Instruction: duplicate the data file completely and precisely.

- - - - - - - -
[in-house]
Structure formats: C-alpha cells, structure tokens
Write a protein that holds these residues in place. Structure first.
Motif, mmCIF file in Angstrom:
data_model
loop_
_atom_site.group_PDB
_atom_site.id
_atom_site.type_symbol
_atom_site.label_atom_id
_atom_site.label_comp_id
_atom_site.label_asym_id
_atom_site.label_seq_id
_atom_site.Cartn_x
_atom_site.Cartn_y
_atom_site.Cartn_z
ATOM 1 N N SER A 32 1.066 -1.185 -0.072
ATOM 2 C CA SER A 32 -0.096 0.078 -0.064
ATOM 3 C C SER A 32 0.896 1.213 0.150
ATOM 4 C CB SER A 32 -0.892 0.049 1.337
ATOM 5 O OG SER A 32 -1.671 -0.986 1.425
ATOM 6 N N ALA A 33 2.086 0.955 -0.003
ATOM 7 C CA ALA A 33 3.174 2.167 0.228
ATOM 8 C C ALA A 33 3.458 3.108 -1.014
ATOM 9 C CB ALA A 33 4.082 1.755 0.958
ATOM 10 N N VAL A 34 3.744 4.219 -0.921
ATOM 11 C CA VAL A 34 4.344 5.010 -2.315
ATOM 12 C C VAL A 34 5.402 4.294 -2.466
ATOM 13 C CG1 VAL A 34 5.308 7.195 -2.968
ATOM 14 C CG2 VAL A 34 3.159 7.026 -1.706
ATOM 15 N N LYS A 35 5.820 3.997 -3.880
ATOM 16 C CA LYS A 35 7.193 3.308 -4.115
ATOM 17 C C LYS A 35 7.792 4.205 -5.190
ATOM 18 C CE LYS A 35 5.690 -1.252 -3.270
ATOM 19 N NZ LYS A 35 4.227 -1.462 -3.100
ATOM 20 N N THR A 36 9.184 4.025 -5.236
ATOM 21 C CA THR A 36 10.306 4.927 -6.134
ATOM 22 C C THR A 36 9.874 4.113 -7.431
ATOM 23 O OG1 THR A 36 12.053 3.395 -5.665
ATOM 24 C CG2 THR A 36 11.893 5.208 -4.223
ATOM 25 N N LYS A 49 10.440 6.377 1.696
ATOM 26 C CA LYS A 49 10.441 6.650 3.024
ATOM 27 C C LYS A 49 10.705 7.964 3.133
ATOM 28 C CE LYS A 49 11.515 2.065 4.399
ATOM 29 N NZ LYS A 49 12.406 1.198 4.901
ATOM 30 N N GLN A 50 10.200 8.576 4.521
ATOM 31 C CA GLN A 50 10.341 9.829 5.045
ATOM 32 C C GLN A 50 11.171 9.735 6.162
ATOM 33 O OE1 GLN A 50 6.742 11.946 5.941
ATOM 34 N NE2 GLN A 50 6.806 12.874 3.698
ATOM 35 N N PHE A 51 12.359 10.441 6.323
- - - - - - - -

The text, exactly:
[in-house]
Structure formats: C-alpha cells, structure tokens
Write a protein that holds these residues in place. Structure first.
Motif, mmCIF file in Angstrom:
data_model
loop_
_atom_site.group_PDB
_atom_site.id
_atom_site.type_symbol
_atom_site.label_atom_id
_atom_site.label_comp_id
_atom_site.label_asym_id
_atom_site.label_seq_id
_atom_site.Cartn_x
_atom_site.Cartn_y
_atom_site.Cartn_z
ATOM 1 N N SER A 32 1.066 -1.185 -0.072
ATOM 2 C CA SER A 32 -0.096 0.078 -0.064
ATOM 3 C C SER A 32 0.896 1.213 0.150
ATOM 4 C CB SER A 32 -0.892 0.049 1.337
ATOM 5 O OG SER A 32 -1.671 -0.986 1.425
ATOM 6 N N ALA A 33 2.086 0.955 -0.003
ATOM 7 C CA ALA A 33 3.174 2.167 0.228
ATOM 8 C C ALA A 33 3.458 3.108 -1.014
ATOM 9 C CB ALA A 33 4.082 1.755 0.958
ATOM 10 N N VAL A 34 3.744 4.219 -0.921
ATOM 11 C CA VAL A 34 4.344 5.010 -2.315
ATOM 12 C C VAL A 34 5.402 4.294 -2.466
ATOM 13 C CG1 VAL A 34 5.308 7.195 -2.968
ATOM 14 C CG2 VAL A 34 3.159 7.026 -1.706
ATOM 15 N N LYS A 35 5.820 3.997 -3.880
ATOM 16 C CA LYS A 35 7.193 3.308 -4.115
ATOM 17 C C LYS A 35 7.792 4.205 -5.190
ATOM 18 C CE LYS A 35 5.690 -1.252 -3.270
ATOM 19 N NZ LYS A 35 4.227 -1.462 -3.100
ATOM 20 N N THR A 36 9.184 4.025 -5.236
ATOM 21 C CA THR A 36 10.306 4.927 -6.134
ATOM 22 C C THR A 36 9.874 4.113 -7.431
ATOM 23 O OG1 THR A 36 12.053 3.395 -5.665
ATOM 24 C CG2 THR A 36 11.893 5.208 -4.223
ATOM 25 N N LYS A 49 10.440 6.377 1.696
ATOM 26 C CA LYS A 49 10.441 6.650 3.024
ATOM 27 C C LYS A 49 10.705 7.964 3.133
ATOM 28 C CE LYS A 49 11.515 2.065 4.399
ATOM 29 N NZ LYS A 49 12.406 1.198 4.901
ATOM 30 N N GLN A 50 10.200 8.576 4.521
ATOM 31 C CA GLN A 50 10.341 9.829 5.045
ATOM 32 C C GLN A 50 11.171 9.735 6.162
ATOM 33 O OE1 GLN A 50 6.742 11.946 5.941
ATOM 34 N NE2 GLN A 50 6.806 12.874 3.698
ATOM 35 N N PHE A 51 12.359 10.441 6.323